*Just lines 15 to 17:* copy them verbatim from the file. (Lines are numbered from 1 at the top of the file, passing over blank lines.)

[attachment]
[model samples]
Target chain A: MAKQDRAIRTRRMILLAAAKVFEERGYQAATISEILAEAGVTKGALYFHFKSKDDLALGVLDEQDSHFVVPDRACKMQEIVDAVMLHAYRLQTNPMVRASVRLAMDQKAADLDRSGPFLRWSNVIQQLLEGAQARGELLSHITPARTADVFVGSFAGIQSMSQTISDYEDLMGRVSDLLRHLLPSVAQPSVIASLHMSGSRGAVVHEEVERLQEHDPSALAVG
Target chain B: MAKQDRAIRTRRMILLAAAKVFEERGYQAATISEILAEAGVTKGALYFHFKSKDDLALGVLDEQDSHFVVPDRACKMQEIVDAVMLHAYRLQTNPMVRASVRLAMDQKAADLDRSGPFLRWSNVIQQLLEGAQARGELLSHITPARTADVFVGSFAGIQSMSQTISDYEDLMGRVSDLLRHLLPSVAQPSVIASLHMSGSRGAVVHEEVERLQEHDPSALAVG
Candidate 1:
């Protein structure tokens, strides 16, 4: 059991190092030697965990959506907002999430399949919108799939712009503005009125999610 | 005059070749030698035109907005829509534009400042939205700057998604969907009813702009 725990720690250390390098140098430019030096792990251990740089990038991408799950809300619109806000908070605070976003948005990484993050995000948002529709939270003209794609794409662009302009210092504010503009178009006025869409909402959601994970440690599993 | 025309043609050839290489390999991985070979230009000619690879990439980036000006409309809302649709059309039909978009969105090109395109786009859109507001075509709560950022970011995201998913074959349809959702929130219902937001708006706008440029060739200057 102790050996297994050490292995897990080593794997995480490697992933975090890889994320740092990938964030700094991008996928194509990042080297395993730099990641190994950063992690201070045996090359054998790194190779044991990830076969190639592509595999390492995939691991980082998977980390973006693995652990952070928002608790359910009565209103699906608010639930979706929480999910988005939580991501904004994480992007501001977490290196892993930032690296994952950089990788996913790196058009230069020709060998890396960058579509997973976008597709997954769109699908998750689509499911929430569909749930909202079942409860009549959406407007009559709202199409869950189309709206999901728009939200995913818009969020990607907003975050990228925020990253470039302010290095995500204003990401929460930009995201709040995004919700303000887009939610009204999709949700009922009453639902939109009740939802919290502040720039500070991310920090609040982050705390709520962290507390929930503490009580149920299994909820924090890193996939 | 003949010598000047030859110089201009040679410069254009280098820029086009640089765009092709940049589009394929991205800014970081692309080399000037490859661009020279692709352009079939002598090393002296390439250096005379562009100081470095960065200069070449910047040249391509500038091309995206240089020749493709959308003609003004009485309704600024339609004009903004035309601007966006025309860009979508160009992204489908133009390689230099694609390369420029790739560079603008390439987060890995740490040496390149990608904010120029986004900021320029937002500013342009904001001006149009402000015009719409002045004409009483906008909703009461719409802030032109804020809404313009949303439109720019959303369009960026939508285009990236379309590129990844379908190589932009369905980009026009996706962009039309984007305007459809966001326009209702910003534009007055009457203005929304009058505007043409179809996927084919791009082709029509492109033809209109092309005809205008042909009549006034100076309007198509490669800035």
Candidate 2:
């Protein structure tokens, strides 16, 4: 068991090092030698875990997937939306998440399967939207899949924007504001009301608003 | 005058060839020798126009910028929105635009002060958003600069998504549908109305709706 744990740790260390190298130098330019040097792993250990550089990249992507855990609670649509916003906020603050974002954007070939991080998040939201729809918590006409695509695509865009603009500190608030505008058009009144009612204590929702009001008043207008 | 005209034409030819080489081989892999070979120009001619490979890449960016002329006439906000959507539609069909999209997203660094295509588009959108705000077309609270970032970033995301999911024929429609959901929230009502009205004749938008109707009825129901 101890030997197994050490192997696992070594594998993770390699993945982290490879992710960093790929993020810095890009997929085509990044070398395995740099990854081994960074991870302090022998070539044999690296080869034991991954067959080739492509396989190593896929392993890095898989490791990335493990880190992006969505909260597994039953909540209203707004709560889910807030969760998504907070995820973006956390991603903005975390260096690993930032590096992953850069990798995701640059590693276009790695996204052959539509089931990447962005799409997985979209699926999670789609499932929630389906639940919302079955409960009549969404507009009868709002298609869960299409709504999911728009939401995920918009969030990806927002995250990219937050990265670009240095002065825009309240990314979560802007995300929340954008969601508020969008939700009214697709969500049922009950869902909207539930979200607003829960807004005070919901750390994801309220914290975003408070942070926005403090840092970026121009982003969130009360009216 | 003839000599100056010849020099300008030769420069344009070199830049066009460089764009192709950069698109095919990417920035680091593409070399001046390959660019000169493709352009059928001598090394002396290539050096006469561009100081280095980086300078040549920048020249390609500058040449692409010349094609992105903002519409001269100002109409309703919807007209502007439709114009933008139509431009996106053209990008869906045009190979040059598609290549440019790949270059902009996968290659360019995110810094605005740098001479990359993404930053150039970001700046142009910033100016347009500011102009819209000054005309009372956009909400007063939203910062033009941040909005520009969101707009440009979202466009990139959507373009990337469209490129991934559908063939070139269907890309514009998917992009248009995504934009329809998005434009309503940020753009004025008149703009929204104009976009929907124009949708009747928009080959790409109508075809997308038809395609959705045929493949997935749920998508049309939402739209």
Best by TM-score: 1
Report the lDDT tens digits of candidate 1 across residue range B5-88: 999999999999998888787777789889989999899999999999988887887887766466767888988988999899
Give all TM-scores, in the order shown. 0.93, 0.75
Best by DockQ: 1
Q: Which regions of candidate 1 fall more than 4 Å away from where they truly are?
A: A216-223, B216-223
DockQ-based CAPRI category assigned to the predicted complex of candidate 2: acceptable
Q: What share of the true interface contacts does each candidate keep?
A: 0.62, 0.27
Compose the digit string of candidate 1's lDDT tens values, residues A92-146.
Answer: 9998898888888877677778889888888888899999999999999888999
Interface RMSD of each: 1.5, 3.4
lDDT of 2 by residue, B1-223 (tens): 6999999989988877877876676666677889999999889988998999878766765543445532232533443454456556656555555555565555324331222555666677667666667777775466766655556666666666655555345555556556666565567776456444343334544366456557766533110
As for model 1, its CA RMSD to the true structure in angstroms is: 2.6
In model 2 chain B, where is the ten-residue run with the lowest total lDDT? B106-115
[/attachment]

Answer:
Q: What share of the true interface contacts does each candidate keep?
A: 0.62, 0.27
Compose the digit string of candidate 1's lDDT tens values, residues A92-146.